12 Volt, 24 Volt or 48 Volt - which system should I choose?

Question: Should I choose a 12 volt, a 24 volt or a 48 volt stand-alone power system?

Reply: In short, your energy consumption should determine the voltage of your power system so continuous currents ideally do not exceed 100 amperes.

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  • Power (Energy) (P) = Watts
  • Current (Flow) (I) = Amps
  • Voltage (Pressure) (V) = Volts
  • Cell = Single component of a Battery
  • Battery (Battery Bank) = Collection of Cells wired in series or parallel

Power - Current - Voltage

  • 1,000 watts = 83 amps @ 12 volts
  • 2,000 watts = 83 amps @ 24 volts
  • 4,000 watts = 83 amps @ 48 volts
  • 20,000 watts = 83 amps @ 230 volts

The higher the current the larger the wiring and circuit protection components need to be, both of which are expensive. By doubling the voltage (I = P/V), the same amount of power is achieved with half the current.

Dealing with currents over 100 amperes is costly and potentially dangerous. As a perspective, a standard household extension cord is rated for a maximum current of 10 amperes. 100 amperes would melt it and could start a fire!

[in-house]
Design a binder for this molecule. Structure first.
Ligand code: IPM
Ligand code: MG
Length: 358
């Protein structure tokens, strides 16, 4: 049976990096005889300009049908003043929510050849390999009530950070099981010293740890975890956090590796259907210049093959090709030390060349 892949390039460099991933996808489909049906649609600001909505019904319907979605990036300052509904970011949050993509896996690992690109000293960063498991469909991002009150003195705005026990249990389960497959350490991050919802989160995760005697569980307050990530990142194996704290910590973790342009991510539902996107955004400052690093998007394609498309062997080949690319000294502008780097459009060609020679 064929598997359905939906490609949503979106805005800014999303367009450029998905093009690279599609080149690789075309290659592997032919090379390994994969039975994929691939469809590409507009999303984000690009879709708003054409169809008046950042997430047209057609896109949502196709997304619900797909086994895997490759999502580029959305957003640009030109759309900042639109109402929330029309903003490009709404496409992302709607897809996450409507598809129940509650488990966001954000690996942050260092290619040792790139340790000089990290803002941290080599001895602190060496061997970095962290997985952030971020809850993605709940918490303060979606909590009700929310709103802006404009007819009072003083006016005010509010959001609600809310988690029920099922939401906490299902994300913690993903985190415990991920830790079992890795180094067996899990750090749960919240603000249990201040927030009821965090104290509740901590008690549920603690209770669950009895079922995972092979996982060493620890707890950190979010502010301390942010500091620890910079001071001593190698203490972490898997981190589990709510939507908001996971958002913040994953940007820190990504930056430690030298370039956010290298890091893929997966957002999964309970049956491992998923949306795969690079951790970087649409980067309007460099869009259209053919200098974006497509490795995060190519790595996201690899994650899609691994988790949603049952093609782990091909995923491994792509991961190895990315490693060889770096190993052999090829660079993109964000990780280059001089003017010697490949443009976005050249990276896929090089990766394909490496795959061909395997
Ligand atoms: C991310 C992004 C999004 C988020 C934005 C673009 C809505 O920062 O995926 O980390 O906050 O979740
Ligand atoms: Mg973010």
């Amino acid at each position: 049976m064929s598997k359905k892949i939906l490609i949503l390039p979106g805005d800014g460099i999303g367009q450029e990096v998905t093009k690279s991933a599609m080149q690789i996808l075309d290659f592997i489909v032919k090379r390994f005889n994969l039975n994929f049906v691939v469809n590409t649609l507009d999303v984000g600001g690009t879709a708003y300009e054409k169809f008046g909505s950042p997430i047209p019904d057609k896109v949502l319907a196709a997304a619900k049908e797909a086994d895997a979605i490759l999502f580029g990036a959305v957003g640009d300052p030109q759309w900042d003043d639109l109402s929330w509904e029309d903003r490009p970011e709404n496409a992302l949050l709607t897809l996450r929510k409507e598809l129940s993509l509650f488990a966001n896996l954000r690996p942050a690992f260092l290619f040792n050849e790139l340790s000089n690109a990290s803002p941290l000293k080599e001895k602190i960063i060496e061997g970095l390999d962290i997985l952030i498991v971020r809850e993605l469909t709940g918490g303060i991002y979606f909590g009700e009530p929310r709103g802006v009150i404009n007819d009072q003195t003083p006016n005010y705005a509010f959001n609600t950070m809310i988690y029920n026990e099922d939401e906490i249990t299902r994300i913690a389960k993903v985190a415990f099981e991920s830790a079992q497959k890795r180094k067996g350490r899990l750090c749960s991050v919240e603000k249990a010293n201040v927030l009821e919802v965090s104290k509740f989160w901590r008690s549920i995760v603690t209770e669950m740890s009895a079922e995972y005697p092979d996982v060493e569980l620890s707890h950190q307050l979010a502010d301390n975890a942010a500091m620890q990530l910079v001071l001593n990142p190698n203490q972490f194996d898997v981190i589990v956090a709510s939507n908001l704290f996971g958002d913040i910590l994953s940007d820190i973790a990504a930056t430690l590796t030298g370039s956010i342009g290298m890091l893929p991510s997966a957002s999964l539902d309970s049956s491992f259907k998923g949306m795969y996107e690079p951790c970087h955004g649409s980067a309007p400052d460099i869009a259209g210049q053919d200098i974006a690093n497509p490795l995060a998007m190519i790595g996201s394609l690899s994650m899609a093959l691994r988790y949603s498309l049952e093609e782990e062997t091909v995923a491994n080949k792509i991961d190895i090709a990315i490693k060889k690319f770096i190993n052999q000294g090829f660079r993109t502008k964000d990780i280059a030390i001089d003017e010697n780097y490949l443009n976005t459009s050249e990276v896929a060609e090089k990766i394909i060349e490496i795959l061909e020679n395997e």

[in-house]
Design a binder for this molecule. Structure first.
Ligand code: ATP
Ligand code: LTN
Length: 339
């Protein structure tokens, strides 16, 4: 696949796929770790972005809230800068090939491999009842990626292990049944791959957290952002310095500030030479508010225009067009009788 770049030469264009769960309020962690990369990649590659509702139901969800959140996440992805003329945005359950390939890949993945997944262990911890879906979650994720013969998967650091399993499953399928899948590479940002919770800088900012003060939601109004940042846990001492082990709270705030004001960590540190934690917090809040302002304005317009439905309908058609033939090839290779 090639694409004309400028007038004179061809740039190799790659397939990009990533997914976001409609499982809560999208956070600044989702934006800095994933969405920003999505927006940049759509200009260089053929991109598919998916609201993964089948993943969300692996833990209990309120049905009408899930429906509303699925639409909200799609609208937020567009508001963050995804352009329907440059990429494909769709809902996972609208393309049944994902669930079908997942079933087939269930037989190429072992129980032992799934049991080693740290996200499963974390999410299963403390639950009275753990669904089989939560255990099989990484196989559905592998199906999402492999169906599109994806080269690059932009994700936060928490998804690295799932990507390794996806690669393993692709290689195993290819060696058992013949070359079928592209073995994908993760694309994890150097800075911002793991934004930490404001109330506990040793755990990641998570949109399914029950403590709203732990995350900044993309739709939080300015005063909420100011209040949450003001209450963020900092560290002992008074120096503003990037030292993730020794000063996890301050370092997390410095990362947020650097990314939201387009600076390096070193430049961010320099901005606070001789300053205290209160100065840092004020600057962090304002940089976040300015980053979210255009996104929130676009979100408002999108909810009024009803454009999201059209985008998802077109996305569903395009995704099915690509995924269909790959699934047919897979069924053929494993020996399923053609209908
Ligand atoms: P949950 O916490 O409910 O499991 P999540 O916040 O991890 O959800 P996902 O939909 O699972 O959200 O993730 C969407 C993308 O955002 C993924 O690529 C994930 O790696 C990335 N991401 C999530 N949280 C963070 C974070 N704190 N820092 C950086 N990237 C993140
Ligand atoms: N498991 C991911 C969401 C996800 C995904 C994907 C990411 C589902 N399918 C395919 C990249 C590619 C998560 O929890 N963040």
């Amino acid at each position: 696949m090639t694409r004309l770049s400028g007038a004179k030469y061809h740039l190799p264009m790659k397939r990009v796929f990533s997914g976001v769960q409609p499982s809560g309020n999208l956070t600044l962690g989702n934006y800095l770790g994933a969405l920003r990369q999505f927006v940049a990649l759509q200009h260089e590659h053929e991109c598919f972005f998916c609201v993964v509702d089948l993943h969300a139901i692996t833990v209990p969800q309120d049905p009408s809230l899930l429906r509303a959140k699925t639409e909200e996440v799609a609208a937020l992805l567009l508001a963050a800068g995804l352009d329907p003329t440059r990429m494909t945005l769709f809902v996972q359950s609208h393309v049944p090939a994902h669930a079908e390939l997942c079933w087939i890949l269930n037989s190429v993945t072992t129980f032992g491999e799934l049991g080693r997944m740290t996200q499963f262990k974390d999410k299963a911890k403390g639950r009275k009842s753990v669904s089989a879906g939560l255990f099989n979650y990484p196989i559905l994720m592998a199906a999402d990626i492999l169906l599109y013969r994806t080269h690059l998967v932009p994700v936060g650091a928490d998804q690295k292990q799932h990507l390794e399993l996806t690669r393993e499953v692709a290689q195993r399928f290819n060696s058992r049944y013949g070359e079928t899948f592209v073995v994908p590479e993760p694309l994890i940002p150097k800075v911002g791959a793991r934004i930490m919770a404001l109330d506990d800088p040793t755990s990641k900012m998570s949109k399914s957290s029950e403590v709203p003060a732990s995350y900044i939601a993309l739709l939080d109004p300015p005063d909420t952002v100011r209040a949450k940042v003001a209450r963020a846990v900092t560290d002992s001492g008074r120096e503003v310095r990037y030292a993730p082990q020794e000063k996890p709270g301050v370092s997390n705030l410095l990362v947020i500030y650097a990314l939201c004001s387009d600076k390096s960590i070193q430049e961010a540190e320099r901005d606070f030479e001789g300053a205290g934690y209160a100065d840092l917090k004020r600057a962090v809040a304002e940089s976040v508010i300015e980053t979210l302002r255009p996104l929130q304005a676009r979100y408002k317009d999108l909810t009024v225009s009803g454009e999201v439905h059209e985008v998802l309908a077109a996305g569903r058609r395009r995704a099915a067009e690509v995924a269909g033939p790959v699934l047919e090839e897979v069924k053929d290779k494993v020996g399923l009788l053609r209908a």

System Size

12 volts used to be a standard for extra low voltage power systems. The cost of an off-grid system could be reduced by limiting the inverter size, which was achieved by using 12V or 24V appliances lighting that run directly from the battery without the need for an inverter. Over time, inverters, AC appliances and solar panels have become more efficient and affordable, while 12V or 24V appliances and lighting have become more difficult to source and often dearer.

Nowadays most off-grid households run on 48V systems including a 230V AC inverter that runs all the loads. The wiring of the house can be the same as any other grid-connected household and cabling cost is greatly reduced.

12V and 24V are still relevant in cases of minimal power usage, like in a caravan, campervan or shed.